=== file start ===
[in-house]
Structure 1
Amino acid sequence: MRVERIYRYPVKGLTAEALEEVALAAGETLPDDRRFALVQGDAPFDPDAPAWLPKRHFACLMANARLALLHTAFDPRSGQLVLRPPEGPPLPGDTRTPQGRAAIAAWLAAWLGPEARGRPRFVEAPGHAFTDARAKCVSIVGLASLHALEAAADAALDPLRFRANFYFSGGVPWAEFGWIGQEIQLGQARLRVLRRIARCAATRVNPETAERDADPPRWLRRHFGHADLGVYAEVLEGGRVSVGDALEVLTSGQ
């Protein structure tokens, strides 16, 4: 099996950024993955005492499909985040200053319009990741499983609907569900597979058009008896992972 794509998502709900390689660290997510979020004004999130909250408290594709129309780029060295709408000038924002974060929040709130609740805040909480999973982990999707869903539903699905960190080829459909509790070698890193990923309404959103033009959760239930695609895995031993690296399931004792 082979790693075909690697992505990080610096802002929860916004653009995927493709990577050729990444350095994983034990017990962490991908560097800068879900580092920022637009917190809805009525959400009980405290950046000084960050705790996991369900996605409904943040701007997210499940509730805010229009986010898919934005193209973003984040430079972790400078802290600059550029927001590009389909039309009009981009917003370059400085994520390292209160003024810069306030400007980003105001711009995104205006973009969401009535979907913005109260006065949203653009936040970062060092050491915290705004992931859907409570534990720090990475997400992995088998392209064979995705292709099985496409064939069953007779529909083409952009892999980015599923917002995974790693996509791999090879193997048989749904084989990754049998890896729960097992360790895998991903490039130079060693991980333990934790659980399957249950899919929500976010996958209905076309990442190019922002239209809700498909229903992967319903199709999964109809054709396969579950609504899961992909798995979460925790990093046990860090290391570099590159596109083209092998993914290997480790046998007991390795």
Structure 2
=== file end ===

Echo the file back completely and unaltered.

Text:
[in-house]
Structure 1
Amino acid sequence: MRVERIYRYPVKGLTAEALEEVALAAGETLPDDRRFALVQGDAPFDPDAPAWLPKRHFACLMANARLALLHTAFDPRSGQLVLRPPEGPPLPGDTRTPQGRAAIAAWLAAWLGPEARGRPRFVEAPGHAFTDARAKCVSIVGLASLHALEAAADAALDPLRFRANFYFSGGVPWAEFGWIGQEIQLGQARLRVLRRIARCAATRVNPETAERDADPPRWLRRHFGHADLGVYAEVLEGGRVSVGDALEVLTSGQ
């Protein structure tokens, strides 16, 4: 099996950024993955005492499909985040200053319009990741499983609907569900597979058009008896992972 794509998502709900390689660290997510979020004004999130909250408290594709129309780029060295709408000038924002974060929040709130609740805040909480999973982990999707869903539903699905960190080829459909509790070698890193990923309404959103033009959760239930695609895995031993690296399931004792 082979790693075909690697992505990080610096802002929860916004653009995927493709990577050729990444350095994983034990017990962490991908560097800068879900580092920022637009917190809805009525959400009980405290950046000084960050705790996991369900996605409904943040701007997210499940509730805010229009986010898919934005193209973003984040430079972790400078802290600059550029927001590009389909039309009009981009917003370059400085994520390292209160003024810069306030400007980003105001711009995104205006973009969401009535979907913005109260006065949203653009936040970062060092050491915290705004992931859907409570534990720090990475997400992995088998392209064979995705292709099985496409064939069953007779529909083409952009892999980015599923917002995974790693996509791999090879193997048989749904084989990754049998890896729960097992360790895998991903490039130079060693991980333990934790659980399957249950899919929500976010996958209905076309990442190019922002239209809700498909229903992967319903199709999964109809054709396969579950609504899961992909798995979460925790990093046990860090290391570099590159596109083209092998993914290997480790046998007991390795």
Structure 2